Keeping It Straight: The Future of Education and Some Additional Thoughts
The ongoing arguments against Common Core all seem to regurgitate the same tired and incorrect talking points as spewed by those who know nothing into the ears of the gullible who simply refuse to accept the truth. A set of national standards for educational achievement are vital if the United States has any hopes of remaining competitive in a world where our nation is steadily dropping away from having the best education system in the world.
A recent screed from one of my peers cited a child's difficulty with math and based the entire situation on the "arrays" method of teaching younger children the concepts of arithmetic. I recently had the opportunity to sit with a grade four student and observe her doing her math homework. When I mentioned the method she was using was different than the way I had been taught, she asked me to show her "my way." As I put numbers to paper she looked puzzled and said, "How to you know what those numbers mean?" I had to admit I could not answer that question. I then challenged her with the following, 4 + 9 - 3 + 8 = X. She looked at the numbers and then quickly began writing a series of arrays and in short order told me the answer was 18, was able to show me her work and never questioned why I had put "X" in the problem. I asked the girl's parents about her math acumen and they told me she was a whiz and they were glad she was in a charter school where such advanced concepts were being embraced.
Condemning a method of learning based on the way YOU were taught is extremely shortsighted. I am sure many of the opponents of Common Core would have loudly decried the use of paper and pencils in place of slates and chalk in classrooms during the 19th century. The important part of Common Core is the setting of standards across the nation in order to guarantee every American child has a competitive edge in a world where education has become highly evolved, as we continue to fall, sadly, behind thanks to those who insist the "Old ways were better!"
Soon we will see the nation's education system moving ever more strongly towards a paperless classroom, where every student will be provided with a computer, be it a laptop or tablet. The president last year announced a federal effort that would include the hardware for the children along with the broadband pipeline that would allow nearly 50 million kids to be online simultaneously by 2017. Areas that have embraced the new paperless technology report a 20 percent jump in test scores across the board from grades K-12. Students actually groan when the final bell of the day sounds, because they are having fun while learning. Classrooms are filled with flat screens and not textbooks that are overpriced and outdated the day they come off the press. One teacher set a total paperless environment in the classroom and estimates the savings at nearly 47,000 pieces of paper a year, or about four trees worth. He also discounts the use of the term "computer lab," citing that when learning to be a mechanic you do not go to a "wrench lab" or the fact there are no "paper and pencil labs." The computer is the future of education in this nation and the naysayers - who never actually see the operation, but rely instead on the ravings of television and radio know-nothings - should be prepared to accept, embrace and help their children strive to be the best they can be. And stop being the type of grandparent my peer is who insults the programs, denigrates the teachers and further causes her grandchild to fall ever further behind.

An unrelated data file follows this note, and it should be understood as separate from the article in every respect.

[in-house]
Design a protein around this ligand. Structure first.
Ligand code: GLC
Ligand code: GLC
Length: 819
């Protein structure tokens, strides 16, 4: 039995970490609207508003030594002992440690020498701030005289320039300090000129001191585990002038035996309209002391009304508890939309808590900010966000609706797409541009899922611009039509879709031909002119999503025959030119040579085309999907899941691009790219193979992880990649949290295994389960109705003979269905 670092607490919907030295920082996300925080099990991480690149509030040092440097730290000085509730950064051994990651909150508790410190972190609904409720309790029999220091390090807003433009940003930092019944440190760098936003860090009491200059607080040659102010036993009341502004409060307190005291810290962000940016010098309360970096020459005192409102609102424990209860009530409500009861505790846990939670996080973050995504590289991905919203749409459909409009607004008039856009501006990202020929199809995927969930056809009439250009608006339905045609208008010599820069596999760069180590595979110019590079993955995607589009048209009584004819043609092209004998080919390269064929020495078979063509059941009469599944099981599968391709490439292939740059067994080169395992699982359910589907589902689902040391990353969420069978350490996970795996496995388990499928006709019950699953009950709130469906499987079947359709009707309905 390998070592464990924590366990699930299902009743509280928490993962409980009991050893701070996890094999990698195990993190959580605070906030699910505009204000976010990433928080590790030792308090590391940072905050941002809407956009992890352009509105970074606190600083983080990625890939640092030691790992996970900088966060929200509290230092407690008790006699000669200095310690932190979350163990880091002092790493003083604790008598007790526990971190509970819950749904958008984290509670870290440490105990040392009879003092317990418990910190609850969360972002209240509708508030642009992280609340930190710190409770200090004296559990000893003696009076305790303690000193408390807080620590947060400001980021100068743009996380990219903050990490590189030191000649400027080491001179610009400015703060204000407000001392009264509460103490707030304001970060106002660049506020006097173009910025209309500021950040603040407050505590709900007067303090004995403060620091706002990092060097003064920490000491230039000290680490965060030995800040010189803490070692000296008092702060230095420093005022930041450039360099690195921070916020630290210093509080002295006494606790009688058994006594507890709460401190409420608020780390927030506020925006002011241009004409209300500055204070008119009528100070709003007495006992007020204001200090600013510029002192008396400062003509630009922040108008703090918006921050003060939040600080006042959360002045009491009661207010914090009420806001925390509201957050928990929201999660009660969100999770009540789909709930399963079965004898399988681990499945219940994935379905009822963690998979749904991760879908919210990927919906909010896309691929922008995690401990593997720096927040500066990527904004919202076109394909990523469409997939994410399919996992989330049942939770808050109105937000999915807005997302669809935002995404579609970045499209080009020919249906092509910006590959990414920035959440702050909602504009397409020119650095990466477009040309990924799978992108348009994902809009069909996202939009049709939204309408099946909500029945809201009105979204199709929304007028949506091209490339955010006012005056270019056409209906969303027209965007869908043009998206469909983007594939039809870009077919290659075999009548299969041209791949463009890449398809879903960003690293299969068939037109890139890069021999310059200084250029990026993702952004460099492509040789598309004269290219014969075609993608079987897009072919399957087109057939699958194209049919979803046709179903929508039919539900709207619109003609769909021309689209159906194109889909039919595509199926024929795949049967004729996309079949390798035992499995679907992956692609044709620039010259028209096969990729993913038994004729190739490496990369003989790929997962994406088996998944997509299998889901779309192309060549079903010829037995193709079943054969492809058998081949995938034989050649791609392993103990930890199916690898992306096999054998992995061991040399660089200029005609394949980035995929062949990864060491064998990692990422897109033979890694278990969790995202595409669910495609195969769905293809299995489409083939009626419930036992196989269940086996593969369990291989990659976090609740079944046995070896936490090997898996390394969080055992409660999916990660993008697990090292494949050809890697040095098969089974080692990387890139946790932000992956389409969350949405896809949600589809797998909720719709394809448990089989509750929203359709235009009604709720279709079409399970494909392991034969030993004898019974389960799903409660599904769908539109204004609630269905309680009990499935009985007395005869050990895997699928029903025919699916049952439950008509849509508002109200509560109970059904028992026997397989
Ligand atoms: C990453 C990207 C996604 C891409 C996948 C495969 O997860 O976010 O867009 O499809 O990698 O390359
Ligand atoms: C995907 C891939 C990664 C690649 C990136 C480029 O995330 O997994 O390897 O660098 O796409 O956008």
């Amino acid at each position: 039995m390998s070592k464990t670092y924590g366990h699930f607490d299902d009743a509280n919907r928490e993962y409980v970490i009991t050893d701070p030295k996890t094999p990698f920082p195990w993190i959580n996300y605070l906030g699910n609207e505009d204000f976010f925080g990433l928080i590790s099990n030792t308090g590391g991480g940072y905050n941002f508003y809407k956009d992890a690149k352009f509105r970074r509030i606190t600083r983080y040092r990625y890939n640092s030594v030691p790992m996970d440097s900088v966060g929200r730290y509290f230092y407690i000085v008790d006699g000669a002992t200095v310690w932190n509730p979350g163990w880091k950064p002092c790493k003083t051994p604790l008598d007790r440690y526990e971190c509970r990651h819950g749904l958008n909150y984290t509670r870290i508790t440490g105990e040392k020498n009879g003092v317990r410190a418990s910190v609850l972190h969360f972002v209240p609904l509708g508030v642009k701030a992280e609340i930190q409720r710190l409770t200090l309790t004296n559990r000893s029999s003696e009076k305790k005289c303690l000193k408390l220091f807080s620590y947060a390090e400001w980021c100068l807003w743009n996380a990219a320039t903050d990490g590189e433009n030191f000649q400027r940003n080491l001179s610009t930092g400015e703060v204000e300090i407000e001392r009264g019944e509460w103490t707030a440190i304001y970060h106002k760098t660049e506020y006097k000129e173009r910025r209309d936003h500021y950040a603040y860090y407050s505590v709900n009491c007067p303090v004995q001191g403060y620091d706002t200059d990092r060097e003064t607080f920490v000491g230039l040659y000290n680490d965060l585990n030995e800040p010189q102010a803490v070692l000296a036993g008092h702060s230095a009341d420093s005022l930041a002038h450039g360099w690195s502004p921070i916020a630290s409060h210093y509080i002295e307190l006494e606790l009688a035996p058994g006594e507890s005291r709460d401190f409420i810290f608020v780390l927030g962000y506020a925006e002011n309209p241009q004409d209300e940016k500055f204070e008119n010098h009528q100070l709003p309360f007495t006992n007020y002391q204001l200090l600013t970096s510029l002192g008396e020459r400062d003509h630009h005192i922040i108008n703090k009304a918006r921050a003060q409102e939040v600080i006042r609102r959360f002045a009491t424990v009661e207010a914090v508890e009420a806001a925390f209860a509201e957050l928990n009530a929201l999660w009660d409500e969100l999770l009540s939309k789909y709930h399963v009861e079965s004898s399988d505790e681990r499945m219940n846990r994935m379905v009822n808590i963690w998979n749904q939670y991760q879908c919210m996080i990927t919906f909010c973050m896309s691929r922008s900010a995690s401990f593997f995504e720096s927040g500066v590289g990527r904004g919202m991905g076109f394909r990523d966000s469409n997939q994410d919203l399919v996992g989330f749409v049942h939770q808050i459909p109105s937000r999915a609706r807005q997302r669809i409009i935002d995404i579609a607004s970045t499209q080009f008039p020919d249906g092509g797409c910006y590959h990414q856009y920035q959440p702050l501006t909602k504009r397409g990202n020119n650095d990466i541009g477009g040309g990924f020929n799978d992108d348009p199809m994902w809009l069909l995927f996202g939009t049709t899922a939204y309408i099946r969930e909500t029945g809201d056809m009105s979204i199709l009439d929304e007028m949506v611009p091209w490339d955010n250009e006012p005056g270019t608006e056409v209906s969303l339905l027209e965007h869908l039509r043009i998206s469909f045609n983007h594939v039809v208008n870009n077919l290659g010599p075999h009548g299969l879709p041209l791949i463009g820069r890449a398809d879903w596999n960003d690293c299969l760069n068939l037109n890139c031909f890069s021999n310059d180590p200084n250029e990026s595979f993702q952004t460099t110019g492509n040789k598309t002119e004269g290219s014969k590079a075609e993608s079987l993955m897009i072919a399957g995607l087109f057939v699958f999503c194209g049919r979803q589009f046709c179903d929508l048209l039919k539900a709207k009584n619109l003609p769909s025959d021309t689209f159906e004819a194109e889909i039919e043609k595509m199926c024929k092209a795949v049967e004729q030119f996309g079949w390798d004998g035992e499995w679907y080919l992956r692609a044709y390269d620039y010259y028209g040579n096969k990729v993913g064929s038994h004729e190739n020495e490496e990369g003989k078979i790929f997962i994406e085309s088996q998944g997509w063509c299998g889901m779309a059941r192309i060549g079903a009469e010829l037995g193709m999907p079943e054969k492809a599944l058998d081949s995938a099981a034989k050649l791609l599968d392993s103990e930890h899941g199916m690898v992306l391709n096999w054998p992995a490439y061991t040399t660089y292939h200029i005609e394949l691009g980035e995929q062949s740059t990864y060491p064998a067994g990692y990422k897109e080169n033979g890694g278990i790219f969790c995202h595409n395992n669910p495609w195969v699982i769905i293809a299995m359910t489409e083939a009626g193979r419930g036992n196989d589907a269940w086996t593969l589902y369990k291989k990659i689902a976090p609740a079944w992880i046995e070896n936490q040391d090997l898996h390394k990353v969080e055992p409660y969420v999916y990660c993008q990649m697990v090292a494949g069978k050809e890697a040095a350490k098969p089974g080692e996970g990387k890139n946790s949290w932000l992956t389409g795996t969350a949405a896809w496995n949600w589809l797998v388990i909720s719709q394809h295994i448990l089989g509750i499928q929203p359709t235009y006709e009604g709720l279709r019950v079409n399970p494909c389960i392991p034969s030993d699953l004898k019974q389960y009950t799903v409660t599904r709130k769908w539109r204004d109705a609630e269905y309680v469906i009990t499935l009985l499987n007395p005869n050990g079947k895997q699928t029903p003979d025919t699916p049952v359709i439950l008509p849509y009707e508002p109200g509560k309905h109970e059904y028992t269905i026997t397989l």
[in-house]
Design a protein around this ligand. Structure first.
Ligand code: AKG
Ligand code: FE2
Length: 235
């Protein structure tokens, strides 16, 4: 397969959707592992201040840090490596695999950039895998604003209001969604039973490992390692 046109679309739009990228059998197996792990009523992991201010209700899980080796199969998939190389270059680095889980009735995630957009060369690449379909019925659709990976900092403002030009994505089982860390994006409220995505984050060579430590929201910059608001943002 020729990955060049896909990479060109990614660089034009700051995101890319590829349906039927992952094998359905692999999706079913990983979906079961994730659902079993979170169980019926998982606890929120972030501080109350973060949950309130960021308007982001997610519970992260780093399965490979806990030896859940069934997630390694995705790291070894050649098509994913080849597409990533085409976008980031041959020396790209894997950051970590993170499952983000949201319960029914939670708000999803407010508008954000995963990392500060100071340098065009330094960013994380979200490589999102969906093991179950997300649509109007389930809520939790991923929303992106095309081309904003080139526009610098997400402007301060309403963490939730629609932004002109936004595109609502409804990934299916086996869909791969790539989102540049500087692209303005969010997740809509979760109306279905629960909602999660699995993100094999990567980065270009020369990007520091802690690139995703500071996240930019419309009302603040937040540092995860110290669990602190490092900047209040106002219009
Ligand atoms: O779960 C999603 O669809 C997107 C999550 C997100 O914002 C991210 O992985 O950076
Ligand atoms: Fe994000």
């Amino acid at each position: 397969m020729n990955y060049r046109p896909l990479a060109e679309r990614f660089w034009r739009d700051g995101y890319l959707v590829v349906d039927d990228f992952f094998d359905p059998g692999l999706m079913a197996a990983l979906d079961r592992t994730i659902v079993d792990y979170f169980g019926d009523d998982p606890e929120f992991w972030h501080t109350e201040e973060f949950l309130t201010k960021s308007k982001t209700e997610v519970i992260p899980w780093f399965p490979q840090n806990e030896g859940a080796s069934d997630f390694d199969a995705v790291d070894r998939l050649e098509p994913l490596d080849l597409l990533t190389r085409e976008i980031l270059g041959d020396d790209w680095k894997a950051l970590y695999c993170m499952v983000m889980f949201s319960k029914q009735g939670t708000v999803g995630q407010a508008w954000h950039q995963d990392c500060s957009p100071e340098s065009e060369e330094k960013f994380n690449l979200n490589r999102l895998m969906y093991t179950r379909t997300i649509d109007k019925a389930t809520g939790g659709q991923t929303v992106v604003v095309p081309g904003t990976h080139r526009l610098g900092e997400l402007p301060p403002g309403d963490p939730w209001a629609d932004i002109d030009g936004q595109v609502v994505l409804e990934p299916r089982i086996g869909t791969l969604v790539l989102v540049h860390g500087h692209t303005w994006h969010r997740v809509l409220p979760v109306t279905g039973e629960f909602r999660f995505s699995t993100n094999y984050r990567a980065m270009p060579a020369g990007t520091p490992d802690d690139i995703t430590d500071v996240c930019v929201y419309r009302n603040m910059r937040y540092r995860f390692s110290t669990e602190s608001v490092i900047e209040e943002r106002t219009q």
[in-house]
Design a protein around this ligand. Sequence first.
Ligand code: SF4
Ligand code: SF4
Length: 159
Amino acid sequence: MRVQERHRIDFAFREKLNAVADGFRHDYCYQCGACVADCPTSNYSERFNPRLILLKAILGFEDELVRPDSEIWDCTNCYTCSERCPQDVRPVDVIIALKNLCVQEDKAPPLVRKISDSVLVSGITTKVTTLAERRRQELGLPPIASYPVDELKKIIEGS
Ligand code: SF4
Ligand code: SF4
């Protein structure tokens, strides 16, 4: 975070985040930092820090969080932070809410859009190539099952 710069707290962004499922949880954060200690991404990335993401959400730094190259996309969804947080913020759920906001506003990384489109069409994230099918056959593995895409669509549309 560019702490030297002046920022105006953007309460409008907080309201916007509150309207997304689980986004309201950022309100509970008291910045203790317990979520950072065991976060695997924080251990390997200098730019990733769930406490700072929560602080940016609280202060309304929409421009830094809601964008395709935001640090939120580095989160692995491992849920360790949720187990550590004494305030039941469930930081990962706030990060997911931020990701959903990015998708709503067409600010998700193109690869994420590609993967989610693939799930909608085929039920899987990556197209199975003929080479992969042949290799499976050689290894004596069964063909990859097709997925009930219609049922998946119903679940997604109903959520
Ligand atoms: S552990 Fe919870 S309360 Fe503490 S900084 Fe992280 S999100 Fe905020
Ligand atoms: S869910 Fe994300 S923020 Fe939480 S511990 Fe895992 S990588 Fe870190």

As a person who was tossed out of high school six weeks before graduation, I understand the value of education. I went on to obtain my GED followed by two university degrees (for which I have been insulted multiple times here in the pages of the KDM) and multiple successes throughout my life, because I learned to value education and fought at every opportunity to further my personal knowledge base. Being old (and I am really old) does not mean holding onto the old way as the only way. I find it almost magical how I can write a piece such as this and make corrections without Whyte-Out, then send it off into the nether as a series of ones and zeros to wherever I want it to go and, again almost magically, it reappears. As a person who taught digital transmission theory I know it is not magic, it is the end result of educated people creating something new and wondrous. We owe it to the children of this nation to have the opportunity to give us the next step up in technology, medicine, vehicles, energy or whatever strikes their fancy, and the path to that future is through education - there is no other way.
A point I find fascinating are the number of commenters who constantly rail on about "liberals" destroying our nation, our state and our county while appearing to be totally ignorant of the fact Mohave County has been GOPer run for virtually decades, the state is controlled by GOPers and GOPers in the House of Representatives have caused the largest Congressional gridlock in the history of our nation. Perhaps those commenters need to do some actual research before making themselves look even more foolish. And please don't bring up the stupid comment about "Harry Reid has 311 (167, 412, 289 or 563 - depending on who is making the comment) bills he will not bring to the floor of the Senate." Anyone with even a cursory basis of knowledge understands the GOPers have packed those bills with so much garbage no one would in their right mind would allow them to move forward.